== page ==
March 15, 2004



FROM: Robert J. Freeman, Executive Director

The staff of the Committee on Open Government is authorized to issue advisory opinions. The ensuing staff advisory opinion is based solely upon the facts presented in your correspondence.


As you are aware, I have received your letter of February 20.

You wrote that, while engaged in genealogical research in Allegany County, you began to photograph records with your digital camera. The deputy clerk, however, informed you that you are "not allowed" to do so, and that you may copy the contents of records "by hand" or obtain photocopies upon payment of a fee. You have questioned the propriety of the clerk’s prohibition.

In this regard, as you suggested, §87(2) of the Freedom of Information Law states that records are available for inspection and copying. There is nothing in that statute that references the ability to photograph records or, contrarily, imposes a prohibition from so doing.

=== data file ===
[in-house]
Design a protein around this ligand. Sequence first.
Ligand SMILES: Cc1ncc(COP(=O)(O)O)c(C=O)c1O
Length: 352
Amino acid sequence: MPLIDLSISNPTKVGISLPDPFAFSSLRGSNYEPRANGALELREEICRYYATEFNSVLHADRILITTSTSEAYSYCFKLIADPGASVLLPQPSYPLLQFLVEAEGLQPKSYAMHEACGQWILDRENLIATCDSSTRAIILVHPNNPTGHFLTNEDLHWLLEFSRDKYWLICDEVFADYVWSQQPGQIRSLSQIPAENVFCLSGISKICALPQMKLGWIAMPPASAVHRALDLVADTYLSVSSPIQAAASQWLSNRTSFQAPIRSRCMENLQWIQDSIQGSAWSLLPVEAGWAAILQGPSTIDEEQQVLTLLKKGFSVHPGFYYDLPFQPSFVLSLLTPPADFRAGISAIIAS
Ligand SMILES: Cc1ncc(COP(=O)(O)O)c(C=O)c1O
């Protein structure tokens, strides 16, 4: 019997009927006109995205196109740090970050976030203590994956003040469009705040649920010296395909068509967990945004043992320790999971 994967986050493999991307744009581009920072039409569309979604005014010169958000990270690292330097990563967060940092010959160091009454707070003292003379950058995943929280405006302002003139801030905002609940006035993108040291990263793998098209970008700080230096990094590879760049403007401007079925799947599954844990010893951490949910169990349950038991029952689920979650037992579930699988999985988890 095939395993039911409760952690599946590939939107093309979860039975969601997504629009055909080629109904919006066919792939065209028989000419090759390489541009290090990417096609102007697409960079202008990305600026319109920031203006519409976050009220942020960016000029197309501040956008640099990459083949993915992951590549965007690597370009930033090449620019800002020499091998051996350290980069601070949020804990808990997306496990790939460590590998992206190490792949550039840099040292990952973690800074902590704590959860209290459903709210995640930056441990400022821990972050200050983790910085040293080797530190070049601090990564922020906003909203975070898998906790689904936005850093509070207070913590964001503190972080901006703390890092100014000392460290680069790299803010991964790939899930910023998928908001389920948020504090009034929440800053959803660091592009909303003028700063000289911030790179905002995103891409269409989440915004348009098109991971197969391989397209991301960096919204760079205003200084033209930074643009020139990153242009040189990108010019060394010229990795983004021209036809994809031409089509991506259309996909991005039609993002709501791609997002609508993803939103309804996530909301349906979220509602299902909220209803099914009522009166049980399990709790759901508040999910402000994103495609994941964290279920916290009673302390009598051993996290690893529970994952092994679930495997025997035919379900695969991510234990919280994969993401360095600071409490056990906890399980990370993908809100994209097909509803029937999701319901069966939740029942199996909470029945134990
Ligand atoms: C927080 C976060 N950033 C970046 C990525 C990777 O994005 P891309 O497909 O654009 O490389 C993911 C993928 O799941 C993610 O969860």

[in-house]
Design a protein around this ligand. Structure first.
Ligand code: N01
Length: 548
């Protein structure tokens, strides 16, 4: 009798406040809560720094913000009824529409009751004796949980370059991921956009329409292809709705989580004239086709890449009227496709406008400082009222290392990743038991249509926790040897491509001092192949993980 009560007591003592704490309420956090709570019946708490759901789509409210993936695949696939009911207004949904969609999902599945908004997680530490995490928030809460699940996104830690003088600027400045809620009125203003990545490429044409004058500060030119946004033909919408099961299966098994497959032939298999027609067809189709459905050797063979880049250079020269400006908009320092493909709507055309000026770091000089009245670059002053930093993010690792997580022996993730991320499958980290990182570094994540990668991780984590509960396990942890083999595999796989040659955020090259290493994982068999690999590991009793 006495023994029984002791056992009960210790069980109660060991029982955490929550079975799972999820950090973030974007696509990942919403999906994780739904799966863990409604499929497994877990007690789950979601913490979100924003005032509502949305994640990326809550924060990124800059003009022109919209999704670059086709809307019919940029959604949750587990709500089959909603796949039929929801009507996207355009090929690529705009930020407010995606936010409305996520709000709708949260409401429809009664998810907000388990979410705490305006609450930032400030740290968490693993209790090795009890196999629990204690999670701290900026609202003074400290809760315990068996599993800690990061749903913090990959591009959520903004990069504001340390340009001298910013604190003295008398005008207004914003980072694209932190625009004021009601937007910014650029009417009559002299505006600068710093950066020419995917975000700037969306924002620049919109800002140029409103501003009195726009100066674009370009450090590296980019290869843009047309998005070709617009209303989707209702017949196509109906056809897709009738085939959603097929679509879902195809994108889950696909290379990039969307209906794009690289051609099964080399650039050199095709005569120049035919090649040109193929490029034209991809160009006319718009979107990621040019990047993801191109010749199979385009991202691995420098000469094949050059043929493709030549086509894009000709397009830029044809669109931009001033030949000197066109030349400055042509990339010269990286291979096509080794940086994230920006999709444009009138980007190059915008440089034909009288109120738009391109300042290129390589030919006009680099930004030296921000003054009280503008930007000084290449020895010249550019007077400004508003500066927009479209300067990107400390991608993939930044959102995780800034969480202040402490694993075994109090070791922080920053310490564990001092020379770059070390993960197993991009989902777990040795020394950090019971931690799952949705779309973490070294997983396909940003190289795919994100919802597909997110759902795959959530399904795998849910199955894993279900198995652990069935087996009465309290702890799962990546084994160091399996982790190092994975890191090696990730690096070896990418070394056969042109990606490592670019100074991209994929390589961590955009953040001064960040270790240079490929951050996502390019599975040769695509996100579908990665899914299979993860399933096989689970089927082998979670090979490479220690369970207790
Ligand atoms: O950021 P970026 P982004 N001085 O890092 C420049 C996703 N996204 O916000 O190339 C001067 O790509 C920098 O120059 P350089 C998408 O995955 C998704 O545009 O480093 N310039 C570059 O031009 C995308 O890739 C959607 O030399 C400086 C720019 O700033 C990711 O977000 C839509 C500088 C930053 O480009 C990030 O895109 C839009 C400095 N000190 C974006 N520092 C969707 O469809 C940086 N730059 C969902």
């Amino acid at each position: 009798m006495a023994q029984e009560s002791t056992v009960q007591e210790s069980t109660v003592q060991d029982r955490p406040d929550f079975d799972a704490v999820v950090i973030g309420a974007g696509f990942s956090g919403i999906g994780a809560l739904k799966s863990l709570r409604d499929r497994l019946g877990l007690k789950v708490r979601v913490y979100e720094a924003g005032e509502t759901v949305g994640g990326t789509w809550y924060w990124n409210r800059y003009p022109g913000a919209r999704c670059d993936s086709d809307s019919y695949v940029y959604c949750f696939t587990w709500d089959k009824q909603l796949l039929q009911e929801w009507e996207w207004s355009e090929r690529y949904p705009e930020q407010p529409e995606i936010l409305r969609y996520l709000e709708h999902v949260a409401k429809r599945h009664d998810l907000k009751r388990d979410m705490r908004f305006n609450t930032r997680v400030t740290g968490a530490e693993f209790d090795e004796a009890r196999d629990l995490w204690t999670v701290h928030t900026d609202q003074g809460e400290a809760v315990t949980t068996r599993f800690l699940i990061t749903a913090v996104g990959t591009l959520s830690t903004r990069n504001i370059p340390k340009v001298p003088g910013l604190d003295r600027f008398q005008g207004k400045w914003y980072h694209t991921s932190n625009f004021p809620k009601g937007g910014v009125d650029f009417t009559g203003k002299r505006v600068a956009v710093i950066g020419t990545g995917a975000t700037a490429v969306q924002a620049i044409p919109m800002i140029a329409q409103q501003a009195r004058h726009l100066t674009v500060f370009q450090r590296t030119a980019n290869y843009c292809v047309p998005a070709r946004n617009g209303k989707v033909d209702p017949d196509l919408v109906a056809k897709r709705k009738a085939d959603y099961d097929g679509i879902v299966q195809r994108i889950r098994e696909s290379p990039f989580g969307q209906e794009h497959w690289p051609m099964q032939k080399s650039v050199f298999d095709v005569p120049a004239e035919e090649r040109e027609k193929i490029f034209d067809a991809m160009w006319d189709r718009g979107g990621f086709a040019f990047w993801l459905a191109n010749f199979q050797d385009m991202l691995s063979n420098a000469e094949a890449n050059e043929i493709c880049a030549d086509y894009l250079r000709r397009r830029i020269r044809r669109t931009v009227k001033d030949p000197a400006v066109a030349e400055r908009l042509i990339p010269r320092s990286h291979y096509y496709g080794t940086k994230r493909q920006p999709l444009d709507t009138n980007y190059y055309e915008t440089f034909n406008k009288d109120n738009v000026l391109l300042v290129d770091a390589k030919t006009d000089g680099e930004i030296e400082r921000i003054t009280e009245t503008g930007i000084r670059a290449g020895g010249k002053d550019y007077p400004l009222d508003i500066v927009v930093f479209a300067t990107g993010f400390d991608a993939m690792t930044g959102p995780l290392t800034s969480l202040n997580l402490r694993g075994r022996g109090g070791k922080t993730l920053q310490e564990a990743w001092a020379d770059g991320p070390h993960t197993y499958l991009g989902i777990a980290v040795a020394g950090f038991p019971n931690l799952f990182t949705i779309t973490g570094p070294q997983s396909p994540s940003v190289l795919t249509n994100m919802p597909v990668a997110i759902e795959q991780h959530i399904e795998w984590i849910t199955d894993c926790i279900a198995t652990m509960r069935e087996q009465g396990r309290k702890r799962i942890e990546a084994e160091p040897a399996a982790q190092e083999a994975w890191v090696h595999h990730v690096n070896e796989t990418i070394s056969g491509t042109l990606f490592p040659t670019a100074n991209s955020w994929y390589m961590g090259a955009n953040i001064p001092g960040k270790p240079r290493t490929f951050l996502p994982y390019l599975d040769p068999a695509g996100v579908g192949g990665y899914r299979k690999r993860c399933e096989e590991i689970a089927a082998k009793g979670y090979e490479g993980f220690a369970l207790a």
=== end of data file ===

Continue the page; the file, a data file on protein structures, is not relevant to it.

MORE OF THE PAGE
From my perspective, the issue involves whether the clerk’s action is reasonable. There is case law involving the use of personal photocopier, and it was held that municipality could prohibit the use of one’s photocopier if its presence or use, due to the size of the device or the municipal office, is disruptive [ see Murtha v. Leonard, 60 NYS 2d 101 (1994), 210 AD 2d 411]. Due to the disruption caused in that instance, the prohibition was found to be reasonable. Certainly, however, if the use of a copier or camera, for example, is not disruptive, I do not believe that a prohibition concerning the use of such a device would be reasonable or consistent with law.

In my opinion, the use of one’s own digital camera would not ordinarily be disruptive, and if that was so in the situation that you described, the action of the official in my view would have been unreasonable.

Lastly, I note that the use of digital cameras to copy government records has become common and, in some instances, mutually beneficial and recommended. For instance, when an agency does not have a photocopier that can accommodate oversized records, such as maps, the use of a digital camera has served the interests of both the agency and the public.

I hope that I have been of assistance.


cc: Deputy Clerk